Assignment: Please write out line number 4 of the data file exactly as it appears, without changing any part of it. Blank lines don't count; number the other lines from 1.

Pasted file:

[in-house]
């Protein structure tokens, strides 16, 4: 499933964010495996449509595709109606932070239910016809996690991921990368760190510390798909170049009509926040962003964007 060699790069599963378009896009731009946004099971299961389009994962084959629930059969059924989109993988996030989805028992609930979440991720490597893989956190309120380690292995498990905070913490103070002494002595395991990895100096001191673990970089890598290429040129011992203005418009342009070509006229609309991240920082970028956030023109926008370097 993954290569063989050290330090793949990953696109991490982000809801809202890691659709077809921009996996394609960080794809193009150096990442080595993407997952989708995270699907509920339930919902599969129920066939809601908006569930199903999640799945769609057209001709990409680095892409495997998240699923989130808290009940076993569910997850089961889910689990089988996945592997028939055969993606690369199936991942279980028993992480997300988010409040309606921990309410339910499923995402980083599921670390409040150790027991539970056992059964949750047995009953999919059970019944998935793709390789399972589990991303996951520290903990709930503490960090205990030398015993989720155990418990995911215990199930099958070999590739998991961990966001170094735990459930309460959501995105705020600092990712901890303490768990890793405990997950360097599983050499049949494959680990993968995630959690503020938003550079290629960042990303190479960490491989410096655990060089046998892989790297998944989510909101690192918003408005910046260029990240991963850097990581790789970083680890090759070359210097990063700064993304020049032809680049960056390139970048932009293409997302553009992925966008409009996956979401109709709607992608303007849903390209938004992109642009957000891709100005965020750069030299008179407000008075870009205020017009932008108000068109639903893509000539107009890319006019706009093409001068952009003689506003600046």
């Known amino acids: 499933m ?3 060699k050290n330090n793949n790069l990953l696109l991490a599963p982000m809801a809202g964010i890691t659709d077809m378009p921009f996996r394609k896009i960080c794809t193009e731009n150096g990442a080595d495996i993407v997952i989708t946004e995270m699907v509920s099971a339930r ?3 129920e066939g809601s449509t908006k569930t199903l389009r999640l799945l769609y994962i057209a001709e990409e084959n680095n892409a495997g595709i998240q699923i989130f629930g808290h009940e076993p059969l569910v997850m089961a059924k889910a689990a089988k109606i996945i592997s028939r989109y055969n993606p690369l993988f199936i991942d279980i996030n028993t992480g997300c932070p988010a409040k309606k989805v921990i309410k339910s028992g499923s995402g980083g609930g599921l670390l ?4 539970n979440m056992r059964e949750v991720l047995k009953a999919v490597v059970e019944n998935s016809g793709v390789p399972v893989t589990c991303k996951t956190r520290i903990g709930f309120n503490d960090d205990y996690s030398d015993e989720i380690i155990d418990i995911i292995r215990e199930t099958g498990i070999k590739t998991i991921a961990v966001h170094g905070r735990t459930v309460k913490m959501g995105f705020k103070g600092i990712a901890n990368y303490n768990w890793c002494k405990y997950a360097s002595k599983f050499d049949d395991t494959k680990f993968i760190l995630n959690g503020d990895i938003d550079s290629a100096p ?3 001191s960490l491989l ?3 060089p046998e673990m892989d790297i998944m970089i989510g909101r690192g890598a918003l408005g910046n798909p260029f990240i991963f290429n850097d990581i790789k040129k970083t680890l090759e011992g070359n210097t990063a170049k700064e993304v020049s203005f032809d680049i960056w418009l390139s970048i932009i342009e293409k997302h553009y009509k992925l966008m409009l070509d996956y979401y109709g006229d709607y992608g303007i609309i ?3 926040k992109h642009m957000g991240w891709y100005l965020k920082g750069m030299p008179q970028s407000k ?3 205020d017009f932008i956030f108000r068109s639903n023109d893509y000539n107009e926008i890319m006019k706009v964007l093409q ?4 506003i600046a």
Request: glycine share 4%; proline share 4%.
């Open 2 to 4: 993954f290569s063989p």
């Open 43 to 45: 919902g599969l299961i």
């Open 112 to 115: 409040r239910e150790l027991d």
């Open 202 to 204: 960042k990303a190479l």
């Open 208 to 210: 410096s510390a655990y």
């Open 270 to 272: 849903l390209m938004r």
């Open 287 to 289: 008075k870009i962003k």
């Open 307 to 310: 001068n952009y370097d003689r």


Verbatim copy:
Request: glycine share 4%; proline share 4%.